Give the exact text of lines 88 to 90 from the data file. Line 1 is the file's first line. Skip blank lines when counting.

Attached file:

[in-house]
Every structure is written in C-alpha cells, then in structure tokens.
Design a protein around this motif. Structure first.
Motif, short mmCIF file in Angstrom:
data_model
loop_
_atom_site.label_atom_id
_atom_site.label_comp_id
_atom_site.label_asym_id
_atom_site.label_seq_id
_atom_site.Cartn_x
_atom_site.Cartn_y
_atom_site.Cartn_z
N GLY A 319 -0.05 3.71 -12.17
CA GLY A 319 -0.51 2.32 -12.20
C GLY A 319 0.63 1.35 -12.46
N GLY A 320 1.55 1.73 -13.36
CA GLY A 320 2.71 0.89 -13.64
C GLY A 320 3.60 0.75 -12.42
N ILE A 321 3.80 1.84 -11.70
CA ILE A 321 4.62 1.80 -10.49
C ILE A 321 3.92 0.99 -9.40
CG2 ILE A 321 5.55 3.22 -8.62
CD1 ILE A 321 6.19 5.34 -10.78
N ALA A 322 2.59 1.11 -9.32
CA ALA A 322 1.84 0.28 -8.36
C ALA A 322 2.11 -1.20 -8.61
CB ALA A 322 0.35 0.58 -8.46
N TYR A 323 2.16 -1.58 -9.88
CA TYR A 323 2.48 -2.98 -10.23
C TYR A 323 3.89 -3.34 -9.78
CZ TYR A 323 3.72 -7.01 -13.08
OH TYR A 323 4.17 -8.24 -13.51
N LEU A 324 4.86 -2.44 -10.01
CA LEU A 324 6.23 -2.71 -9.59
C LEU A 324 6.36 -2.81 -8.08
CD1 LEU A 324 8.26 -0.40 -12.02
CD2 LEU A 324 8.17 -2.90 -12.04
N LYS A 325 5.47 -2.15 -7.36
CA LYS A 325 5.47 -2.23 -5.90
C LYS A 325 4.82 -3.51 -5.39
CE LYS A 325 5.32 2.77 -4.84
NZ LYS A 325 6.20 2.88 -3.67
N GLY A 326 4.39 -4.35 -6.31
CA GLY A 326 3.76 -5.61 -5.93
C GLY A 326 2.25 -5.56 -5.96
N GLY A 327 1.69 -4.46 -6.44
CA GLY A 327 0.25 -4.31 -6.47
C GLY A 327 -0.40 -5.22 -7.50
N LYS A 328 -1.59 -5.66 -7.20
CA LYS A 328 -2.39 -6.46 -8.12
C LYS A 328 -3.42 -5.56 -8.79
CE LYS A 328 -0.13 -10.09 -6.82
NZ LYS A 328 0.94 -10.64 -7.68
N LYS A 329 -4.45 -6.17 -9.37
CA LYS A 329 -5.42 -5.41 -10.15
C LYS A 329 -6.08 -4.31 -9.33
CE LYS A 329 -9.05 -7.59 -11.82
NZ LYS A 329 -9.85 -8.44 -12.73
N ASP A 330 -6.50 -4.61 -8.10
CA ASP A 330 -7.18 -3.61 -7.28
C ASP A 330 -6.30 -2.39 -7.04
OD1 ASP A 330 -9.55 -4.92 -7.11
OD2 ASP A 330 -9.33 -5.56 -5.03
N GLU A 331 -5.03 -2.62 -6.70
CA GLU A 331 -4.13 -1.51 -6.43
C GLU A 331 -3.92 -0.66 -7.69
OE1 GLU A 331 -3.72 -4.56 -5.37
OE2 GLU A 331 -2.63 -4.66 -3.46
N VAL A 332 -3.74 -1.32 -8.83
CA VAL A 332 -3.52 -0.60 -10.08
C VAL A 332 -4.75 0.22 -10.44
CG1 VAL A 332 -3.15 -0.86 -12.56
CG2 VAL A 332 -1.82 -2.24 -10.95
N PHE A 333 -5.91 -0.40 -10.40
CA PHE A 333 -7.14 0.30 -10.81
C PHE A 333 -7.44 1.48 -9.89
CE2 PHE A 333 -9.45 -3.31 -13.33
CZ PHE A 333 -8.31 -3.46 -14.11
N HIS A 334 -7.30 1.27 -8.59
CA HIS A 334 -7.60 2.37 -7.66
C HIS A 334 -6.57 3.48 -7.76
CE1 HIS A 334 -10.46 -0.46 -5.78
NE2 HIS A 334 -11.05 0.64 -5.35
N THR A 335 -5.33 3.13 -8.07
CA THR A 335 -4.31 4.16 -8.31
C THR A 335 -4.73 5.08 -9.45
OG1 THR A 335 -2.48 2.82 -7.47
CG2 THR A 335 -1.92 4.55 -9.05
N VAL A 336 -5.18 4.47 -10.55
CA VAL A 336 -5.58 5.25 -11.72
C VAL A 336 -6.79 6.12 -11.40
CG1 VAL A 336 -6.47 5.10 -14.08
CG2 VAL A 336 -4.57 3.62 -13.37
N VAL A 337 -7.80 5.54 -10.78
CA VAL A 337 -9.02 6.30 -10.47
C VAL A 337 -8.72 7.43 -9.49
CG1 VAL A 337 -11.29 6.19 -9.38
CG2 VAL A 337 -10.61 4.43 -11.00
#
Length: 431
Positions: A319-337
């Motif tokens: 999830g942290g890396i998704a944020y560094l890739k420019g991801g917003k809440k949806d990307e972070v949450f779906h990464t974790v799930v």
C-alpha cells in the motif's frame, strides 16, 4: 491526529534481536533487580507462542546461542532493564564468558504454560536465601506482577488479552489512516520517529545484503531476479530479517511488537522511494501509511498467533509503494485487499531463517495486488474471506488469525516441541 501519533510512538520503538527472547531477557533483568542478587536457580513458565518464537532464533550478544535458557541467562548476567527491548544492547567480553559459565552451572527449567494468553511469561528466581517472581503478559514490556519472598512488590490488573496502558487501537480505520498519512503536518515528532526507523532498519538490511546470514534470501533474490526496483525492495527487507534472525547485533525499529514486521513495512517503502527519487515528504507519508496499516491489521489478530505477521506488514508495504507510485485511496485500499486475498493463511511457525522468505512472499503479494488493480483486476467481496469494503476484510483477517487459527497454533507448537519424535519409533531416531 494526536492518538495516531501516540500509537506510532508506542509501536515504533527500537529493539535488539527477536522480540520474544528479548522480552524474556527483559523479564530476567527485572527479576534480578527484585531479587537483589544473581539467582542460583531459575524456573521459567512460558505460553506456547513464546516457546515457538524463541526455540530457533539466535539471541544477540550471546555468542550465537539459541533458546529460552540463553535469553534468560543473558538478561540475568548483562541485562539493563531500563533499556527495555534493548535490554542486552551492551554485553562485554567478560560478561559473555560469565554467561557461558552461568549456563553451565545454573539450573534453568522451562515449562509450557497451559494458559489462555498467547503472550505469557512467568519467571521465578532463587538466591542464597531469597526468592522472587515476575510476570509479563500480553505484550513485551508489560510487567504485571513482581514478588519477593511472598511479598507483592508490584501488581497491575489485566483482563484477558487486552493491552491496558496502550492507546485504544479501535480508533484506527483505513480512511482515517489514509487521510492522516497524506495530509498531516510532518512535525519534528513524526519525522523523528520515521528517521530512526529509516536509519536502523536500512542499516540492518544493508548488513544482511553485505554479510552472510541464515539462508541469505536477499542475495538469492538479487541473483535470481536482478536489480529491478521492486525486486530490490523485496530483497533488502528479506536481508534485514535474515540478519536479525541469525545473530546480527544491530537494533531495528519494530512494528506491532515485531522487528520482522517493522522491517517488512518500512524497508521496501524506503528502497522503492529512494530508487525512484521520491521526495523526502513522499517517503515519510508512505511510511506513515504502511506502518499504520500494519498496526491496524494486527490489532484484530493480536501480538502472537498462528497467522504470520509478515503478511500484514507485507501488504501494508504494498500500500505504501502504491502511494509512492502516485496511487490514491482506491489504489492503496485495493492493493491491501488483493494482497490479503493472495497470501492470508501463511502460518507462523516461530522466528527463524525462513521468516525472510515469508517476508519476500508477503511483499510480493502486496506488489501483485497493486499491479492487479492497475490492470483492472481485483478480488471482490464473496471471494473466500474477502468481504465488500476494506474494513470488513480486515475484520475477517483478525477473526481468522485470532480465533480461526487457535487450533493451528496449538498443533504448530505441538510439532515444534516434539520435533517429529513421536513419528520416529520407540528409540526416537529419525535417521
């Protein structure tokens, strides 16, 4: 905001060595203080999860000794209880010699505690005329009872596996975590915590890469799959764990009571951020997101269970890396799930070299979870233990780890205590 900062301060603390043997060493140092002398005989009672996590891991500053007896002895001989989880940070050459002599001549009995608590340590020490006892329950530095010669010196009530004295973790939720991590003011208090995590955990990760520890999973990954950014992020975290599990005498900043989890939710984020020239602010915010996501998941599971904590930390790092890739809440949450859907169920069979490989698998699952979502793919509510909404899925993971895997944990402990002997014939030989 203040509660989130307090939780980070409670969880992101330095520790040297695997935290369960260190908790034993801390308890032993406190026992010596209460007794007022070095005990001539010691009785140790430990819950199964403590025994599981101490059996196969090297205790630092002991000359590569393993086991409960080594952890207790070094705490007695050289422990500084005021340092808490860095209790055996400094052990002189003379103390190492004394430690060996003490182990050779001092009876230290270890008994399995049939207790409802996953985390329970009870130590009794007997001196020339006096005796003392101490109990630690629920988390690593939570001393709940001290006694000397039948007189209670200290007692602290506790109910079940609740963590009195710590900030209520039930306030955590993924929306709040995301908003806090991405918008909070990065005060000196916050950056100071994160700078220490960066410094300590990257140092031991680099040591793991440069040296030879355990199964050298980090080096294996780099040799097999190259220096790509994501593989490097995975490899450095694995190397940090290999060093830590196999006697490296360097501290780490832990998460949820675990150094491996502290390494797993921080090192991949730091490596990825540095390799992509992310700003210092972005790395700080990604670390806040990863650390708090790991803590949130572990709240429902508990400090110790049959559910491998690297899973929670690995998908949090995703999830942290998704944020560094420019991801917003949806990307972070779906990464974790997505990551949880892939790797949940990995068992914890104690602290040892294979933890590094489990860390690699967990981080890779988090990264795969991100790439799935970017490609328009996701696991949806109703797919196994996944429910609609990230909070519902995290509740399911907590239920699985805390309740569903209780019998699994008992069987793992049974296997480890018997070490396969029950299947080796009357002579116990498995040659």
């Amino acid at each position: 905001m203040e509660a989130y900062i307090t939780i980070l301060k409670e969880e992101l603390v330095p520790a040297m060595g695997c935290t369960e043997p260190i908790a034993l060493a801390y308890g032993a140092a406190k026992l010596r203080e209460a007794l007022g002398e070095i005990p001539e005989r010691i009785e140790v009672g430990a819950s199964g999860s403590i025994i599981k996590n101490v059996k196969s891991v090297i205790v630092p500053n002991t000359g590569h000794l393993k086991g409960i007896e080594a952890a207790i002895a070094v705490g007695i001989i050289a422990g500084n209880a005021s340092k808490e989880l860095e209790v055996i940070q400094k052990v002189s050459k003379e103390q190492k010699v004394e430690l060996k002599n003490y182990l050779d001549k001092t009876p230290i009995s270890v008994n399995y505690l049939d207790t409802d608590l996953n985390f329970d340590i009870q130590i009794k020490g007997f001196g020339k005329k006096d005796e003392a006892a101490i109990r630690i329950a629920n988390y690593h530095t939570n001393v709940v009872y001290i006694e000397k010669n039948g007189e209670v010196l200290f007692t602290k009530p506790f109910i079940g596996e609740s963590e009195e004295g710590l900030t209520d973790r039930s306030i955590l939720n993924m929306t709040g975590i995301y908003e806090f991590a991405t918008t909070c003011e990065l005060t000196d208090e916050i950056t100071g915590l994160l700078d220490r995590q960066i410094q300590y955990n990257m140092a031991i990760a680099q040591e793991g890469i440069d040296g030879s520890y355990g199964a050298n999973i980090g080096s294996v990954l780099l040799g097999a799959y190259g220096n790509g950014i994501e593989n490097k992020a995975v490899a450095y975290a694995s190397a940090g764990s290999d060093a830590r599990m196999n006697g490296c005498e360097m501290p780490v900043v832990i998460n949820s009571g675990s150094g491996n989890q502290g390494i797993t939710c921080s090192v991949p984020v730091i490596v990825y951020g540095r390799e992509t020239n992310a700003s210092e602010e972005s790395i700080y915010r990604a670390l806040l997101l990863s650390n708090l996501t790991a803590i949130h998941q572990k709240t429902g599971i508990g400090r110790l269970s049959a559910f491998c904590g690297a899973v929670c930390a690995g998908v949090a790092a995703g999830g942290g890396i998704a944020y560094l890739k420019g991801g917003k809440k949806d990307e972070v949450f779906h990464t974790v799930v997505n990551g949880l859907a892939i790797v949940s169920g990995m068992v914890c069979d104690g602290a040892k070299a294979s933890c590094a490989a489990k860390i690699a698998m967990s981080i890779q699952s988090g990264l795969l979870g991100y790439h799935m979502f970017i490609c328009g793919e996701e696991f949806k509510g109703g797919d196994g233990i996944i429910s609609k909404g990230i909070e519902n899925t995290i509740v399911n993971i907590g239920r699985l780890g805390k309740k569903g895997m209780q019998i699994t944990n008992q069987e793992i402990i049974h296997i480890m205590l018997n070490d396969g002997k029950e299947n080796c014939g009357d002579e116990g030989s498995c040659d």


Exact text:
OG1 THR A 335 -2.48 2.82 -7.47
CG2 THR A 335 -1.92 4.55 -9.05
N VAL A 336 -5.18 4.47 -10.55